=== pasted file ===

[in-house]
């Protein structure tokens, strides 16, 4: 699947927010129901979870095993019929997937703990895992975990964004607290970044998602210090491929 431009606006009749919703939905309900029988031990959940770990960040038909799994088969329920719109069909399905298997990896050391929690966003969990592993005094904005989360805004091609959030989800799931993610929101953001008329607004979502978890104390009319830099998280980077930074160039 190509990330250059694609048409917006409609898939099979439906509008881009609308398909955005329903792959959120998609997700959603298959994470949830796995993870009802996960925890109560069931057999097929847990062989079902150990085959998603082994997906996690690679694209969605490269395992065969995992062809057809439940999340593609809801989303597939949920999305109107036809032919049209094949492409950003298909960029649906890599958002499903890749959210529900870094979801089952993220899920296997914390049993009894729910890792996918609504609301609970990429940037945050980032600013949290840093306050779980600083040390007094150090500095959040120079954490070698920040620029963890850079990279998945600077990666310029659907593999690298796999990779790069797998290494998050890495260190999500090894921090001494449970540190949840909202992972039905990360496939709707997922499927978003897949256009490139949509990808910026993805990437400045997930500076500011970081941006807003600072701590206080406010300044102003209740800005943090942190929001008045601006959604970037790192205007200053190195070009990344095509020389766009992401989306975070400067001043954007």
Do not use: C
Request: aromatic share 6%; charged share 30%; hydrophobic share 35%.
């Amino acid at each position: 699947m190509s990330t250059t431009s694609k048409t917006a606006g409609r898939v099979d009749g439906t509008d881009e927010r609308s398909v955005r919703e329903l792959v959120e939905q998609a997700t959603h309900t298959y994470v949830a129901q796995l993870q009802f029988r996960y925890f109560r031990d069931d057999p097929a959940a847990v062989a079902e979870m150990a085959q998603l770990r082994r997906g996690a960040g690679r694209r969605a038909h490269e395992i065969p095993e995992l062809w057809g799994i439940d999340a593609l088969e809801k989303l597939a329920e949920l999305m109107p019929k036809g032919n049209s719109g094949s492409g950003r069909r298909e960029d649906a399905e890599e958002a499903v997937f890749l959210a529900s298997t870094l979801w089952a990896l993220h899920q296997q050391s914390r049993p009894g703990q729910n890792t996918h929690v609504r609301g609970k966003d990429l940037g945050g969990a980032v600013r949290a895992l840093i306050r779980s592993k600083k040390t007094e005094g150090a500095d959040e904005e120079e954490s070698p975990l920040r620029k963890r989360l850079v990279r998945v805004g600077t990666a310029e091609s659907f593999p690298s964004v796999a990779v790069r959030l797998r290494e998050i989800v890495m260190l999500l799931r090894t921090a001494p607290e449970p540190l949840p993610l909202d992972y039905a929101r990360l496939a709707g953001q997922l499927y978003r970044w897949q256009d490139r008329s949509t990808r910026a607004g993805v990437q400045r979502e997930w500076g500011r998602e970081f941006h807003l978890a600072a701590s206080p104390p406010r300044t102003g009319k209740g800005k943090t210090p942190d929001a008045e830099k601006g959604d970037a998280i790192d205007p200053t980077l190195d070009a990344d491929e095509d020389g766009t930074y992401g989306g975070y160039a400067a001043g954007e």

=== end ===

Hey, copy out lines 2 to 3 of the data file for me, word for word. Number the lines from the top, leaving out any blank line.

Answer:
């Protein structure tokens, strides 16, 4: 699947927010129901979870095993019929997937703990895992975990964004607290970044998602210090491929 431009606006009749919703939905309900029988031990959940770990960040038909799994088969329920719109069909399905298997990896050391929690966003969990592993005094904005989360805004091609959030989800799931993610929101953001008329607004979502978890104390009319830099998280980077930074160039 190509990330250059694609048409917006409609898939099979439906509008881009609308398909955005329903792959959120998609997700959603298959994470949830796995993870009802996960925890109560069931057999097929847990062989079902150990085959998603082994997906996690690679694209969605490269395992065969995992062809057809439940999340593609809801989303597939949920999305109107036809032919049209094949492409950003298909960029649906890599958002499903890749959210529900870094979801089952993220899920296997914390049993009894729910890792996918609504609301609970990429940037945050980032600013949290840093306050779980600083040390007094150090500095959040120079954490070698920040620029963890850079990279998945600077990666310029659907593999690298796999990779790069797998290494998050890495260190999500090894921090001494449970540190949840909202992972039905990360496939709707997922499927978003897949256009490139949509990808910026993805990437400045997930500076500011970081941006807003600072701590206080406010300044102003209740800005943090942190929001008045601006959604970037790192205007200053190195070009990344095509020389766009992401989306975070400067001043954007």
Do not use: C